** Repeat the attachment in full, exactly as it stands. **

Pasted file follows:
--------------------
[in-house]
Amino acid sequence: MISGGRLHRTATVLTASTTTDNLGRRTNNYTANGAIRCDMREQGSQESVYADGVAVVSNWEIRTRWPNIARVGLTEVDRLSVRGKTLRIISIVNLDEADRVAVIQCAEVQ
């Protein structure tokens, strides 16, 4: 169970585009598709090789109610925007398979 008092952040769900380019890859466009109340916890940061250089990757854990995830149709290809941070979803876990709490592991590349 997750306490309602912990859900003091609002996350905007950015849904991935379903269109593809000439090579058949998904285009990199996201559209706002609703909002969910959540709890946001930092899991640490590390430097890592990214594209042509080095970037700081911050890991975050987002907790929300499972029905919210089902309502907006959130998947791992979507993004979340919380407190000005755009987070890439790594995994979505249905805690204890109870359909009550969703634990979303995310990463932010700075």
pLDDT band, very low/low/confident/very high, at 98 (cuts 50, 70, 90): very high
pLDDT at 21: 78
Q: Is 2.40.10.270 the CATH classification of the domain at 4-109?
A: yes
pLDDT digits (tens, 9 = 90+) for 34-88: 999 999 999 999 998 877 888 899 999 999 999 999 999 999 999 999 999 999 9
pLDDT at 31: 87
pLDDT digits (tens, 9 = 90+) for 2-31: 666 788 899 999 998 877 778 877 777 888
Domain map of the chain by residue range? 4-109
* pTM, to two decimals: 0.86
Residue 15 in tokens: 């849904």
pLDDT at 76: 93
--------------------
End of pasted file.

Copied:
[in-house]
Amino acid sequence: MISGGRLHRTATVLTASTTTDNLGRRTNNYTANGAIRCDMREQGSQESVYADGVAVVSNWEIRTRWPNIARVGLTEVDRLSVRGKTLRIISIVNLDEADRVAVIQCAEVQ
């Protein structure tokens, strides 16, 4: 169970585009598709090789109610925007398979 008092952040769900380019890859466009109340916890940061250089990757854990995830149709290809941070979803876990709490592991590349 997750306490309602912990859900003091609002996350905007950015849904991935379903269109593809000439090579058949998904285009990199996201559209706002609703909002969910959540709890946001930092899991640490590390430097890592990214594209042509080095970037700081911050890991975050987002907790929300499972029905919210089902309502907006959130998947791992979507993004979340919380407190000005755009987070890439790594995994979505249905805690204890109870359909009550969703634990979303995310990463932010700075």
pLDDT band, very low/low/confident/very high, at 98 (cuts 50, 70, 90): very high
pLDDT at 21: 78
Q: Is 2.40.10.270 the CATH classification of the domain at 4-109?
A: yes
pLDDT digits (tens, 9 = 90+) for 34-88: 999 999 999 999 998 877 888 899 999 999 999 999 999 999 999 999 999 999 9
pLDDT at 31: 87
pLDDT digits (tens, 9 = 90+) for 2-31: 666 788 899 999 998 877 778 877 777 888
Domain map of the chain by residue range? 4-109
* pTM, to two decimals: 0.86
Residue 15 in tokens: 């849904």
pLDDT at 76: 93